Just don’t expect any Sherwood Forest, merry men or bright colors. Nottingham is a mining town where soot is a fashion statement. (RollingStone)

There is not a single feather in a single pointy hat. (New York Post)

True to the Robin Hood myth, the money goes straight back to the people. Soon, that altruism inspires a grass-roots rebellion, with Robin leading the downtrodden masses in an armed uprising against an unjust tax system. (Washington Post)

Robin tries to pump up a peasant army he’s recruited for an uprising by bellowing, “I’m guessing you’d all be up for a little redistribution of wealth!” (Daily Beast)

“Don’t handle me,” one character barks, while another begins his peacekeeping appeal with a “Look, I get it.” (AV Club)

“This is not gonna end well,” says our hero’s sidekick, Friar Tuck (Tim Minchin). (Washington Post)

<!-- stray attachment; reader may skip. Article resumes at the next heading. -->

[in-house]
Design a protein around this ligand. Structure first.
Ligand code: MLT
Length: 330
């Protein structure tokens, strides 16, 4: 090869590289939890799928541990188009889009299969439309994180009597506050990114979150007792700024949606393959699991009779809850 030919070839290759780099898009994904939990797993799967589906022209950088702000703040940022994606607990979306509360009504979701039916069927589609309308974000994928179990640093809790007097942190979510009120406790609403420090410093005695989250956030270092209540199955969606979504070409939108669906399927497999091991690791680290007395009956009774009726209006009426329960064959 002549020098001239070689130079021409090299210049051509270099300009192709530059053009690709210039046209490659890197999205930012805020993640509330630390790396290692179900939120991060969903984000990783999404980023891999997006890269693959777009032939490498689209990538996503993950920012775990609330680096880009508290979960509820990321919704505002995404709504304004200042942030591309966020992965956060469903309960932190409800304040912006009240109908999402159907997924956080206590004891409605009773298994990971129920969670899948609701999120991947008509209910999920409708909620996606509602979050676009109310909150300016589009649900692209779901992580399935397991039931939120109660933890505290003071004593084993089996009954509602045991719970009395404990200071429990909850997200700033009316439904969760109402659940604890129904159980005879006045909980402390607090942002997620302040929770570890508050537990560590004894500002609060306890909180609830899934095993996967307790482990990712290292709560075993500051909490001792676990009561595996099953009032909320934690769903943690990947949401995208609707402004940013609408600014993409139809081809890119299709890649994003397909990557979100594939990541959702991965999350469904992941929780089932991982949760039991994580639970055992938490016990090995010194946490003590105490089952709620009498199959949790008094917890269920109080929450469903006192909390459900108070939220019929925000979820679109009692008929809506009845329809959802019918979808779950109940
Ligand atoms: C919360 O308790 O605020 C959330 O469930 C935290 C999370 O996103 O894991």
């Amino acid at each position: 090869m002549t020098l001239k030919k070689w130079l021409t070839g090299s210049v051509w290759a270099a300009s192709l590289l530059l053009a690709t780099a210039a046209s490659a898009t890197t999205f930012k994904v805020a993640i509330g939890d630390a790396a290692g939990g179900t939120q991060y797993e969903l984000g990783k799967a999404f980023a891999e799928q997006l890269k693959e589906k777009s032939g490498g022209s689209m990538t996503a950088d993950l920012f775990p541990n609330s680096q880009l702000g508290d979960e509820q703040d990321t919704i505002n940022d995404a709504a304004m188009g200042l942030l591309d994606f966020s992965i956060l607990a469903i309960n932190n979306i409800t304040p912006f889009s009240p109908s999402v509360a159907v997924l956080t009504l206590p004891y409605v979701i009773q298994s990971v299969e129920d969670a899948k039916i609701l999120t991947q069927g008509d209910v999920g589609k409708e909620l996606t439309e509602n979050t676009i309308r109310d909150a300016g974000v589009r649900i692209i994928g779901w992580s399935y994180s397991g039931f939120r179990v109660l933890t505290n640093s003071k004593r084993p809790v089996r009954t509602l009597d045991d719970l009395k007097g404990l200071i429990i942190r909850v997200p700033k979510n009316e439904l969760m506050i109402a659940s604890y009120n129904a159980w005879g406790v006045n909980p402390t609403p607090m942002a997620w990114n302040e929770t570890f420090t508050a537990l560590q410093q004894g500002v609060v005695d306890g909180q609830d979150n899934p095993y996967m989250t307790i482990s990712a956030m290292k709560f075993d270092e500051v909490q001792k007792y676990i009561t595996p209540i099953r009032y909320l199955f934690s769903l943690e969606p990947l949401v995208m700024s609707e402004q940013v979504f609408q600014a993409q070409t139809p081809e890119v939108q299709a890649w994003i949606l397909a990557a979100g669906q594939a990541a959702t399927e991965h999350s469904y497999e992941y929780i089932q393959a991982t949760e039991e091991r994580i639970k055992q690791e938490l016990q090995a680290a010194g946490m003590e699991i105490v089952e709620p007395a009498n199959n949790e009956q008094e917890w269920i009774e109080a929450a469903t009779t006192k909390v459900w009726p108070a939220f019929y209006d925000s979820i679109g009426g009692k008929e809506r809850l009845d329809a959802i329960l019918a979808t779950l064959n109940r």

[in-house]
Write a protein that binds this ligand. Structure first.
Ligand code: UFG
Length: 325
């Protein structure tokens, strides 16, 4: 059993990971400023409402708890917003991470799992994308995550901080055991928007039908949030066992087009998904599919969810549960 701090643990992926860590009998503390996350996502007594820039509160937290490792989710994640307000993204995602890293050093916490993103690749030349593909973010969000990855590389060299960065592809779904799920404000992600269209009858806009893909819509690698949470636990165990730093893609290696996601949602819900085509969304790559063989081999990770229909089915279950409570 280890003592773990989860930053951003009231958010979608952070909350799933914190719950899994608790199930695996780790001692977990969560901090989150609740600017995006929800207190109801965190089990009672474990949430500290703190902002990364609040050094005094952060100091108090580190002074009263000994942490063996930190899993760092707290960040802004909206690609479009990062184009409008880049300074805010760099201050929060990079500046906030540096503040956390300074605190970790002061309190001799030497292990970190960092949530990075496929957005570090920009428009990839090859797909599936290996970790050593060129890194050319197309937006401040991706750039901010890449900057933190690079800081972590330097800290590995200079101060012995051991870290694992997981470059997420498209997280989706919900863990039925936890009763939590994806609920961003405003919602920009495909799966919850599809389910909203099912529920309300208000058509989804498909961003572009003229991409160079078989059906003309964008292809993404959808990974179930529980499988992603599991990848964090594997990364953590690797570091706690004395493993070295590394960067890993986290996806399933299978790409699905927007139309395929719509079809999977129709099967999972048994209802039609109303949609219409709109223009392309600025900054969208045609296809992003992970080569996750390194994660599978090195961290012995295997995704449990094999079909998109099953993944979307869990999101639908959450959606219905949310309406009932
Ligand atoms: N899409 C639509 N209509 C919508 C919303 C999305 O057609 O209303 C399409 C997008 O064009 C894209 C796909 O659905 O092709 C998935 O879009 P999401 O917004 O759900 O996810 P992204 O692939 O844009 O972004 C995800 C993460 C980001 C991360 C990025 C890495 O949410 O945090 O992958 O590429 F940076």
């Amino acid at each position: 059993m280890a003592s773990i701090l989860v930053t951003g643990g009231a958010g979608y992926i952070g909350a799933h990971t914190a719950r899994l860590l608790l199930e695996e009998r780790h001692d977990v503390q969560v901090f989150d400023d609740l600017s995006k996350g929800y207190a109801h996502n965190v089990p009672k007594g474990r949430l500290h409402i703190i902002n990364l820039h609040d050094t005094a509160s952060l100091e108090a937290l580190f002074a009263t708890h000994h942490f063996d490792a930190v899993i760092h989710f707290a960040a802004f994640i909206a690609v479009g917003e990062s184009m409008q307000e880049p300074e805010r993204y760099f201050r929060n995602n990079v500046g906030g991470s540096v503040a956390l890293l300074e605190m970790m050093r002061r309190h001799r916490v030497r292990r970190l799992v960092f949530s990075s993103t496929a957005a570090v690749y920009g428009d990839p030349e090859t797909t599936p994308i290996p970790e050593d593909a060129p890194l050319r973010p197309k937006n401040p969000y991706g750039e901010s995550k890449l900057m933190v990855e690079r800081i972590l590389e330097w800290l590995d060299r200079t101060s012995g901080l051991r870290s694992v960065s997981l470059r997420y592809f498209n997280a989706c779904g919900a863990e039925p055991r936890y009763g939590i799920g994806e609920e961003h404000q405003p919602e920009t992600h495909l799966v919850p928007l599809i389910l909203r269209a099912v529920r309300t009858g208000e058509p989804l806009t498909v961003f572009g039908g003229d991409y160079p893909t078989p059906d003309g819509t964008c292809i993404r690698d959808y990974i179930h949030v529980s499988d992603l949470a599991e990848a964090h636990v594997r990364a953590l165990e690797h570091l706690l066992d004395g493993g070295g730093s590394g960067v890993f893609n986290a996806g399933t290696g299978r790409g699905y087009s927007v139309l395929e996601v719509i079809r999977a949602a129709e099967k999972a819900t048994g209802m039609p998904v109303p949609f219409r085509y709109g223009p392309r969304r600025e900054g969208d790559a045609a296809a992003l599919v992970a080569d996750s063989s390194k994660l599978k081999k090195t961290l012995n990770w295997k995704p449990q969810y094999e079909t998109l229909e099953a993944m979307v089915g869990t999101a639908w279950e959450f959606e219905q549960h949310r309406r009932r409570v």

“What else ya got?,” “I wanna go big” “Are we really gonna do this now?” (Washington Post)

“If not you, then who? If not now, then when?” (TheWrap)

[The Sheriff] threatens to boil someone in their own piss. (Indiewire)

Robin’s rebel faction is tossing Molotov cocktails over the riot-geared police force of Nottingham, and it’s been suggested that the church’s Crusade is in cahoots with “the Arabians.” (Vulture)

At one point, the corrupt Sheriff of Nottingham, who’s presented as a Trump-Bolsonaro-Le Pen-styled nationalist/racist despot, quotes George W. Bush’s post-9/11 statement “They hate us for our freedom,” in reference to the Muslim hordes that the Christian warriors are fighting overseas. (RogerEbert.com)